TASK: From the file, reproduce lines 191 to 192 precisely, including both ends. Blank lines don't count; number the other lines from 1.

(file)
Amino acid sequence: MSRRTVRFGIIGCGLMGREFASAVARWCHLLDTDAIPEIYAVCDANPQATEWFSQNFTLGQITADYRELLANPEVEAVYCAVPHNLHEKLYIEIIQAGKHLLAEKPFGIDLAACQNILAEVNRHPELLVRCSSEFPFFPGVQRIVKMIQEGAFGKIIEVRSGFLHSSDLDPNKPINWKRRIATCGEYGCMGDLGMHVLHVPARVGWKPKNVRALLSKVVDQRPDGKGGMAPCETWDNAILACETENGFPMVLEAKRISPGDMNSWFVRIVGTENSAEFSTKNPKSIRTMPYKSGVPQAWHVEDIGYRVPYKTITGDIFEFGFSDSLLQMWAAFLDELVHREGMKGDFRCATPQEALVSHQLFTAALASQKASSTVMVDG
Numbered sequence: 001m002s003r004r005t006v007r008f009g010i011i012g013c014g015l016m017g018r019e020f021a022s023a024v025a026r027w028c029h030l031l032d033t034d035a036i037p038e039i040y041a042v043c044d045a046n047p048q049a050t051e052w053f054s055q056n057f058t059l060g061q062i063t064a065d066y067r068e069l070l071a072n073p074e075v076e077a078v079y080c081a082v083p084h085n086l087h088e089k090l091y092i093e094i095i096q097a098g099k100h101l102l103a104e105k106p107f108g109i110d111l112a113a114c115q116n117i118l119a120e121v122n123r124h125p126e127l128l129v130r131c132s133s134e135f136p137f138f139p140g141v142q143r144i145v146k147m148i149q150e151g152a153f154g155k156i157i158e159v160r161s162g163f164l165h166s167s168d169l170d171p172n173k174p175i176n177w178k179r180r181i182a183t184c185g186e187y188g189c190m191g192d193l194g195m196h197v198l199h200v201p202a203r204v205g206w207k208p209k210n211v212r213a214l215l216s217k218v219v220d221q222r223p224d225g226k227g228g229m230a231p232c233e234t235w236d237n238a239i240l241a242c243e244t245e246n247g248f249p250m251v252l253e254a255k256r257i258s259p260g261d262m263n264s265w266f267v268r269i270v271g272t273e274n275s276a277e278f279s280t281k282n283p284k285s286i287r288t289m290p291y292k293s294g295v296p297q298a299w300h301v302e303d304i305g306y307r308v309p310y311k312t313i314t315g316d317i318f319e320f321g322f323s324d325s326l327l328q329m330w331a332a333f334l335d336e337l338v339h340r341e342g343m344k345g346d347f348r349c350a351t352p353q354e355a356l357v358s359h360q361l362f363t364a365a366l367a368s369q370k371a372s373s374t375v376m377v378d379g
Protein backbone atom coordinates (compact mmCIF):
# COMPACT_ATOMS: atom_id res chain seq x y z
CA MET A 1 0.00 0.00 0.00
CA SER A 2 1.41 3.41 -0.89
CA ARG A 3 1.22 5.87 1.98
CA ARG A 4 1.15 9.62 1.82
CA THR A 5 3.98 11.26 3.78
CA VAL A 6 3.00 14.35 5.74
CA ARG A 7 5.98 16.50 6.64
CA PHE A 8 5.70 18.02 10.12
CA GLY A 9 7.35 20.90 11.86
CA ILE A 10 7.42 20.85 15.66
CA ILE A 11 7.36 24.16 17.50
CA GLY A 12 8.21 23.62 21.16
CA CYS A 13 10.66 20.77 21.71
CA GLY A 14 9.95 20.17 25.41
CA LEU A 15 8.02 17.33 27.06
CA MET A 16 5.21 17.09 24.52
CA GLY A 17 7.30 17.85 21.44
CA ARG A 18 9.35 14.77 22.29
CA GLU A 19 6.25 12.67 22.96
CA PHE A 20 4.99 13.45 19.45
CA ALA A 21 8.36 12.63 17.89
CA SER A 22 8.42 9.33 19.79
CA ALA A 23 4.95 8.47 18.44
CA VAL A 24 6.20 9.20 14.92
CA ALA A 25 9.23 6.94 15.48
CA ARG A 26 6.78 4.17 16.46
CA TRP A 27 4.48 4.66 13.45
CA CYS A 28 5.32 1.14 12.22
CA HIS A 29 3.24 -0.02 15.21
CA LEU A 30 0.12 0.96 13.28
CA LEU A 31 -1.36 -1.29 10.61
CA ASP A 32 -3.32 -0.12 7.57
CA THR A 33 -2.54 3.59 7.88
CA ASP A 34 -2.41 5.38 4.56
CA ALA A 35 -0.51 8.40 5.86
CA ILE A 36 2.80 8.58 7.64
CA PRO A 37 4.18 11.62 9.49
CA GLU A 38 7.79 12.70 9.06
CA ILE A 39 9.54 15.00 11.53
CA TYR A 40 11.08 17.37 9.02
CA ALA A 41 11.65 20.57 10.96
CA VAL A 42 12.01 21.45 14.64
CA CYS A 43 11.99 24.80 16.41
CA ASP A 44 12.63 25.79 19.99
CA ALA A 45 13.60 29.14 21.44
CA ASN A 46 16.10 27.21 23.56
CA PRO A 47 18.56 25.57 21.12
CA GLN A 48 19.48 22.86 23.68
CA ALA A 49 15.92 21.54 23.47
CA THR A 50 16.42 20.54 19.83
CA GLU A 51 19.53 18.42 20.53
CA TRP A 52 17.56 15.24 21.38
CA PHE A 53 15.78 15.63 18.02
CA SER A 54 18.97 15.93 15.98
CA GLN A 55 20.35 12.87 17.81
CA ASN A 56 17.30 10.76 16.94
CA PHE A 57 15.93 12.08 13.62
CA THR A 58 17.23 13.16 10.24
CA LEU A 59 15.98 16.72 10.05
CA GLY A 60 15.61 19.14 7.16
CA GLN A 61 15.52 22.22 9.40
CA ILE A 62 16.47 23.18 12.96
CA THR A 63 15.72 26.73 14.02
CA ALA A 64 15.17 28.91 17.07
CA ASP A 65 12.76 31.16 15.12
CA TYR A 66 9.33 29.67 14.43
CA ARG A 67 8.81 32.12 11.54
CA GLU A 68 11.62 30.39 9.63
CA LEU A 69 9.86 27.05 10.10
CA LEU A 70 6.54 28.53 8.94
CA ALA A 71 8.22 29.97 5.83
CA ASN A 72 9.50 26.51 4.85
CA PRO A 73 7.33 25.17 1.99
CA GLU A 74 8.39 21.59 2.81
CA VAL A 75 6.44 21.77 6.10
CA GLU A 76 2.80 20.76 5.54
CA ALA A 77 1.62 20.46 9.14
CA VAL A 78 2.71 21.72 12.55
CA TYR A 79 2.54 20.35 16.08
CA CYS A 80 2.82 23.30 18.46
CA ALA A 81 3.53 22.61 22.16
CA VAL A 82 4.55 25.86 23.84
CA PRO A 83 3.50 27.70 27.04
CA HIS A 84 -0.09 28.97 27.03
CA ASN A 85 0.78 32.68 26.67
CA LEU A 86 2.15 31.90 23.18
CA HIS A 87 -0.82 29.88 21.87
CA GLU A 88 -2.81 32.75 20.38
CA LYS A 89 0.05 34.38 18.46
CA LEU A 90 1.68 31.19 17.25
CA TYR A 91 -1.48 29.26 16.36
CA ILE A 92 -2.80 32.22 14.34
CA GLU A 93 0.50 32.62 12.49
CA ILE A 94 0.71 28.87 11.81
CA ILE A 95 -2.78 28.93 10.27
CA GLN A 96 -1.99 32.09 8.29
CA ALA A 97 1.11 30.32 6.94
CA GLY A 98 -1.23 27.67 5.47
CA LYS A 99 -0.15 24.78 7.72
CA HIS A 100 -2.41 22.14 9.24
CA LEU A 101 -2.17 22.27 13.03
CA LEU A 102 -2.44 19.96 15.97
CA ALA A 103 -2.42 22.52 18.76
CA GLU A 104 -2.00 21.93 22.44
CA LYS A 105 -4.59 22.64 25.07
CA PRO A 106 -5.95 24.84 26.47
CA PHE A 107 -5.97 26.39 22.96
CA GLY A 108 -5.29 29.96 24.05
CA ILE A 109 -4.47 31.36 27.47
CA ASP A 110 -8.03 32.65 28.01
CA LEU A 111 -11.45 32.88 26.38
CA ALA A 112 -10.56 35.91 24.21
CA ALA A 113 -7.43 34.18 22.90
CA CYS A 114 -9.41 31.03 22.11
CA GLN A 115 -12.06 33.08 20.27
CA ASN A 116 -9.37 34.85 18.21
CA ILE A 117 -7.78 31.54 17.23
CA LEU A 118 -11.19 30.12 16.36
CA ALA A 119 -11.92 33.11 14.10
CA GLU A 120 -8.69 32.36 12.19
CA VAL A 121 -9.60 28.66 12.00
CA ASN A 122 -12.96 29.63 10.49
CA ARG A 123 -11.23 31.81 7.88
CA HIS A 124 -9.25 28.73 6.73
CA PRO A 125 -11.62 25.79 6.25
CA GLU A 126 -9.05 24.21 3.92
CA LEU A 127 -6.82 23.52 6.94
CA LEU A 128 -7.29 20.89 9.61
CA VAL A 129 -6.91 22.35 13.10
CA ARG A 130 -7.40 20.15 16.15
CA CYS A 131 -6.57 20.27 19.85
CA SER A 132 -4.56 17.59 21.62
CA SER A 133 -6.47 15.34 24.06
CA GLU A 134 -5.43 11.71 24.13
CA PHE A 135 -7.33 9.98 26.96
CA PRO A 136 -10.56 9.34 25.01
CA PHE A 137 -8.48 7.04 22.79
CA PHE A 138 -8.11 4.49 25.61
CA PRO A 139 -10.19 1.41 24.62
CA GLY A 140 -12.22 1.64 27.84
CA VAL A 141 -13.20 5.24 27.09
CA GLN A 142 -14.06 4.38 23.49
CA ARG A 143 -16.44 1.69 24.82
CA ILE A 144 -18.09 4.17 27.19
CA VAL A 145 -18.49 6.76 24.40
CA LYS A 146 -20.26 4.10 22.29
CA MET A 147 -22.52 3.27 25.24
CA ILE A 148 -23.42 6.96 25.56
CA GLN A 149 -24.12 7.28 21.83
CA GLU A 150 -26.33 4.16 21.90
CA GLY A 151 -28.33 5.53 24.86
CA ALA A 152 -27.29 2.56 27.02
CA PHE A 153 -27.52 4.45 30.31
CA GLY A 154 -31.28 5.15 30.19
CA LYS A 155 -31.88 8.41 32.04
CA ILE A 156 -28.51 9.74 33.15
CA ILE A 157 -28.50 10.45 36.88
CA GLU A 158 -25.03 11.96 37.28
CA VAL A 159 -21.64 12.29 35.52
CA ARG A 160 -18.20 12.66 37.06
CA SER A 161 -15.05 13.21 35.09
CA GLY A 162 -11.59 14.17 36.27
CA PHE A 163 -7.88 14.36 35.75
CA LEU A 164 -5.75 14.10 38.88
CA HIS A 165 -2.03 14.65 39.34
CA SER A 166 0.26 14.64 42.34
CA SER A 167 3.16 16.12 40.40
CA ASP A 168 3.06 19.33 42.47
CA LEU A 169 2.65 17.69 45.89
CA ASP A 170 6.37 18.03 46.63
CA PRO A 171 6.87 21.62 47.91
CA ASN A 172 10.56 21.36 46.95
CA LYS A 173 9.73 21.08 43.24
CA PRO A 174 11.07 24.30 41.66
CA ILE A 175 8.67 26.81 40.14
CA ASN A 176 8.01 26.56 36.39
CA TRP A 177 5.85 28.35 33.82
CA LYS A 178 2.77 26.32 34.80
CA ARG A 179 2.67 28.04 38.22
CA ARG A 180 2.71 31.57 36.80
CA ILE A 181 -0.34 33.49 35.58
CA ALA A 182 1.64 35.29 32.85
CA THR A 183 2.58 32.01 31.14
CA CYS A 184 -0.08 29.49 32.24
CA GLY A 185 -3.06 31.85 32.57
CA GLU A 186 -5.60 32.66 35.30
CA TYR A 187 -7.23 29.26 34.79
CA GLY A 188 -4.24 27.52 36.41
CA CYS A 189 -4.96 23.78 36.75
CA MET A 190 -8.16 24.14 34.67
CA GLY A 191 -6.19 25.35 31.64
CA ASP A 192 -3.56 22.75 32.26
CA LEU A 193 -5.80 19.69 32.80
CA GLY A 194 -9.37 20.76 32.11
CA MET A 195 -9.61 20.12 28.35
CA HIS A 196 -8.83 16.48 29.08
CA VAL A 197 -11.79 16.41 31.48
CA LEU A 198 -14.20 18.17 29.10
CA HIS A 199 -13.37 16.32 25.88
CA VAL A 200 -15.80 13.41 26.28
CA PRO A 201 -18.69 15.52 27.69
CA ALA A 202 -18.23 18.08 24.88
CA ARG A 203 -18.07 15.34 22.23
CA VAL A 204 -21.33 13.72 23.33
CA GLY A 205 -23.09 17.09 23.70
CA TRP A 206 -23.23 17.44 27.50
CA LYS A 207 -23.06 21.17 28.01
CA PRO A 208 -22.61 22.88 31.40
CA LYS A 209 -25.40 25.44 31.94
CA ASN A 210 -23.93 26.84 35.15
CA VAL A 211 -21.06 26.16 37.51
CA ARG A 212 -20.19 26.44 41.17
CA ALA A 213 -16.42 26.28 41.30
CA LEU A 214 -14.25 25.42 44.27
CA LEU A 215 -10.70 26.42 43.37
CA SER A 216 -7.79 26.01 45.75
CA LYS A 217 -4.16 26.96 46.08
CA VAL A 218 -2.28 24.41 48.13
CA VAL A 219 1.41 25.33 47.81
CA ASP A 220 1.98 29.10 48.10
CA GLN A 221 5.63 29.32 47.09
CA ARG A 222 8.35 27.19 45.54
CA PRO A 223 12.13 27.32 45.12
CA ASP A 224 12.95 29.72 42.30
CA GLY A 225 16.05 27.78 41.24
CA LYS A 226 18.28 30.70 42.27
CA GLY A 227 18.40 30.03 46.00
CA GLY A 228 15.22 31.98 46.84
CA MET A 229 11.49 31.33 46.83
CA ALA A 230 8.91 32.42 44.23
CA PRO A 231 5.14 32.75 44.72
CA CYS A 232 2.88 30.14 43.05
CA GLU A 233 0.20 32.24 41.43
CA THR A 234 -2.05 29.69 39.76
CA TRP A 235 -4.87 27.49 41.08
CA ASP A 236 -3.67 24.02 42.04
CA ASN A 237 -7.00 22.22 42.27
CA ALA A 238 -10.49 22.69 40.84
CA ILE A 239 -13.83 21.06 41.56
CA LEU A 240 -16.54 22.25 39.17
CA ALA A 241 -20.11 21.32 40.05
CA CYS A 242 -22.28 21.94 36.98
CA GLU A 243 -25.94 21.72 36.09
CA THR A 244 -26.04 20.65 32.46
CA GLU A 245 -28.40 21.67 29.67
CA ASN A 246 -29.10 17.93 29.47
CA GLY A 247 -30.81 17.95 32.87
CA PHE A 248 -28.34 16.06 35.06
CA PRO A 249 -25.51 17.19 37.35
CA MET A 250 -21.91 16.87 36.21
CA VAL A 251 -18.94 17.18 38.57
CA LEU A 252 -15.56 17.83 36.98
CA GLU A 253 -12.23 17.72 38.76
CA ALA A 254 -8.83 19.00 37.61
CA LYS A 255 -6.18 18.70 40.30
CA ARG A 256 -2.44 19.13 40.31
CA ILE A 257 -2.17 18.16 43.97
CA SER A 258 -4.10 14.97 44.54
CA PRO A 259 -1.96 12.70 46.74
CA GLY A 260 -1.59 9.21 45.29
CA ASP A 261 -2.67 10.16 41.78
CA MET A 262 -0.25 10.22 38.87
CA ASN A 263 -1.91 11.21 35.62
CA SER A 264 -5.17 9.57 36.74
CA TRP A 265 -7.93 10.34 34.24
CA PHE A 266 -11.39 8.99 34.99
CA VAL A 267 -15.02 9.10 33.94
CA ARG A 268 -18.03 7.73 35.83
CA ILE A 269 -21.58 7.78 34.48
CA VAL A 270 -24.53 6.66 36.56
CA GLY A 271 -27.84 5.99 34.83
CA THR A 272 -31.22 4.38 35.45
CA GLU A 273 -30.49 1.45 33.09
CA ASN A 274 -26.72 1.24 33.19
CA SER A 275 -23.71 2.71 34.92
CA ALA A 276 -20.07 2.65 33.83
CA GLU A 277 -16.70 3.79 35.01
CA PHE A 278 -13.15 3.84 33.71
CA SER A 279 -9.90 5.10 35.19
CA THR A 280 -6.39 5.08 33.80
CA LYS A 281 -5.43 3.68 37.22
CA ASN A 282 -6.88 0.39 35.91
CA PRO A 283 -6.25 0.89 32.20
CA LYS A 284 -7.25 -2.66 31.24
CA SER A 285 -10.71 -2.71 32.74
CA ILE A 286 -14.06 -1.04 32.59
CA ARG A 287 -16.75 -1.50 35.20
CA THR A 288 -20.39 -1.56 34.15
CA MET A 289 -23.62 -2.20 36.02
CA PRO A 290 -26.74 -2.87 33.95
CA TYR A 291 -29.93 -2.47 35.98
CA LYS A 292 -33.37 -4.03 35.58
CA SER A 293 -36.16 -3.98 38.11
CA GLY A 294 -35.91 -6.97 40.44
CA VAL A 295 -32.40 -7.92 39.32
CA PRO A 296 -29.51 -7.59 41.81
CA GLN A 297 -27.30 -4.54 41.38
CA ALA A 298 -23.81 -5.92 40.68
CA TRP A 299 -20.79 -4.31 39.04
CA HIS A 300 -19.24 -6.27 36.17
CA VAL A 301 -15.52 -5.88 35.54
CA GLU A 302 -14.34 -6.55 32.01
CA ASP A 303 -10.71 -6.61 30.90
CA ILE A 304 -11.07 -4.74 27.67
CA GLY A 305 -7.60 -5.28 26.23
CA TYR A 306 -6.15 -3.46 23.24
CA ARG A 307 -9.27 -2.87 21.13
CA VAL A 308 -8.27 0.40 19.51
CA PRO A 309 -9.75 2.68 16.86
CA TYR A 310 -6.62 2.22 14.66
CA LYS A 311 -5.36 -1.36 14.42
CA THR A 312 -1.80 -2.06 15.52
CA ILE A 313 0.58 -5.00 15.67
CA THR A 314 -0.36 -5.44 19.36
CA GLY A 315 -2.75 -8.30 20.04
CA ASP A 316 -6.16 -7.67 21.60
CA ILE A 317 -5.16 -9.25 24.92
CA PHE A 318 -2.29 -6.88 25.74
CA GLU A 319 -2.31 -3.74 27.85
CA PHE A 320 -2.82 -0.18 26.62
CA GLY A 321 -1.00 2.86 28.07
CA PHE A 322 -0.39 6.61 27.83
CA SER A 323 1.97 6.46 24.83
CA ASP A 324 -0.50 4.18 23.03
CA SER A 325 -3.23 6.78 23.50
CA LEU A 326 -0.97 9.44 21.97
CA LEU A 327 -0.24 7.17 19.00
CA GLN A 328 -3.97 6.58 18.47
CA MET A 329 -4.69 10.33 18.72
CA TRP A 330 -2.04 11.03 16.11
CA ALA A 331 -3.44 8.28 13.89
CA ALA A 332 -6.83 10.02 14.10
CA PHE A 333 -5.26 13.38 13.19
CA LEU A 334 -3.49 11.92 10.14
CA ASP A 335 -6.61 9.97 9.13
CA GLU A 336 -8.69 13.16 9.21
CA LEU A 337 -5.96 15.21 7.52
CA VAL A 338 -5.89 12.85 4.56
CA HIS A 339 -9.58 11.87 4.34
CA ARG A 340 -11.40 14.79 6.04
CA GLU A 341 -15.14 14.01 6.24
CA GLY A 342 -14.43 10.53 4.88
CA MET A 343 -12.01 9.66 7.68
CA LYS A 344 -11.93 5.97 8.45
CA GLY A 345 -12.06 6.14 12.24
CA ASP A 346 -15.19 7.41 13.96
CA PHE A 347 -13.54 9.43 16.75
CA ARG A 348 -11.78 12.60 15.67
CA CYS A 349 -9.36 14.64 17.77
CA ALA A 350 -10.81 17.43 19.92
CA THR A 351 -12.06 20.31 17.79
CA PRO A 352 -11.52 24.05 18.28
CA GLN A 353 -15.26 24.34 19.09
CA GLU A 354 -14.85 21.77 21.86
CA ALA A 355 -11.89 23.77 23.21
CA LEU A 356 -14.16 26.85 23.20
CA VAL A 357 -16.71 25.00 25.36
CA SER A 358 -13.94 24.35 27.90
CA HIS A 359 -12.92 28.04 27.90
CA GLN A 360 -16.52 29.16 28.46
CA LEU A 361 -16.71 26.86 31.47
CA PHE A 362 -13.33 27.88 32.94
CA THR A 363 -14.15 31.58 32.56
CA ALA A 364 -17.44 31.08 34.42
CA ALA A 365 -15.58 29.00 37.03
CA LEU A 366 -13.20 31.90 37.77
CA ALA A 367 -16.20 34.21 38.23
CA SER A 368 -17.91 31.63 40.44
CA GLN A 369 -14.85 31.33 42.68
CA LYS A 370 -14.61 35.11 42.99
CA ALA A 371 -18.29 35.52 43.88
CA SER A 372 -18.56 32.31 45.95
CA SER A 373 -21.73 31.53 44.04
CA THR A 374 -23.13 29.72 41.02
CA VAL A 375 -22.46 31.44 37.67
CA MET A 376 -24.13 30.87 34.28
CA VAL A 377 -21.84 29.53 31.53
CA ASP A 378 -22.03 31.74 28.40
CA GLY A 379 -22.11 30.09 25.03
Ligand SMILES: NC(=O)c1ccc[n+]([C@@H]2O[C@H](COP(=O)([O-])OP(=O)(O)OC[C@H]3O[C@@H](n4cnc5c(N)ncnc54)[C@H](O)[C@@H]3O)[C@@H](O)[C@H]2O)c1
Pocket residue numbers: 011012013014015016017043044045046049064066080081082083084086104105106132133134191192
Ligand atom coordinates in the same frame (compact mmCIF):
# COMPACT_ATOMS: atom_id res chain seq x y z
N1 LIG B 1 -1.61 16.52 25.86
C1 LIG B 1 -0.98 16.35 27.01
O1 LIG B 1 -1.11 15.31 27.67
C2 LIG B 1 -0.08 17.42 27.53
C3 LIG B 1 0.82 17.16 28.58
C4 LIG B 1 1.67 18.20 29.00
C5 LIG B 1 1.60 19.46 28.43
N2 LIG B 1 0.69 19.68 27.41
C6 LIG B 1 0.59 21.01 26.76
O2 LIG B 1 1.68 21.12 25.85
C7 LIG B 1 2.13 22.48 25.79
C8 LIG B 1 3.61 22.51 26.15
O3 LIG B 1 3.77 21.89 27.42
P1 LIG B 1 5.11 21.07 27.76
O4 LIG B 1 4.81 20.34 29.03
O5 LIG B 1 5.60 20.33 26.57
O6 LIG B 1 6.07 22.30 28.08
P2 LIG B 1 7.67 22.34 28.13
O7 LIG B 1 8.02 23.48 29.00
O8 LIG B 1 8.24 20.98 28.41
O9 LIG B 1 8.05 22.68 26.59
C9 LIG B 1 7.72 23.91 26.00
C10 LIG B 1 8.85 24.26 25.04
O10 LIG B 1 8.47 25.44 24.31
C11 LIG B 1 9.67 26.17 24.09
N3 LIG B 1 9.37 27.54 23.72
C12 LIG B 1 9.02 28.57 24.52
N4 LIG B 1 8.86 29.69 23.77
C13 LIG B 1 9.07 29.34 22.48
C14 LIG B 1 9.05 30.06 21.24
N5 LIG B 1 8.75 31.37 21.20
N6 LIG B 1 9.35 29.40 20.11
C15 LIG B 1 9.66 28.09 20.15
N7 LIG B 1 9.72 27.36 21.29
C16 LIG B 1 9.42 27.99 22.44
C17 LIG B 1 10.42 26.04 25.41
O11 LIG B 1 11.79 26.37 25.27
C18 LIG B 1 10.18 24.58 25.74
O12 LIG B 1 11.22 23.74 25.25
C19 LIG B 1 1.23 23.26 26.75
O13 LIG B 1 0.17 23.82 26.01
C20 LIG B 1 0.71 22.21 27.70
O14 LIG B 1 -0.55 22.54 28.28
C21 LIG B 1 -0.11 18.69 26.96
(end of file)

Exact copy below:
CA TYR A 187 -7.23 29.26 34.79
CA GLY A 188 -4.24 27.52 36.41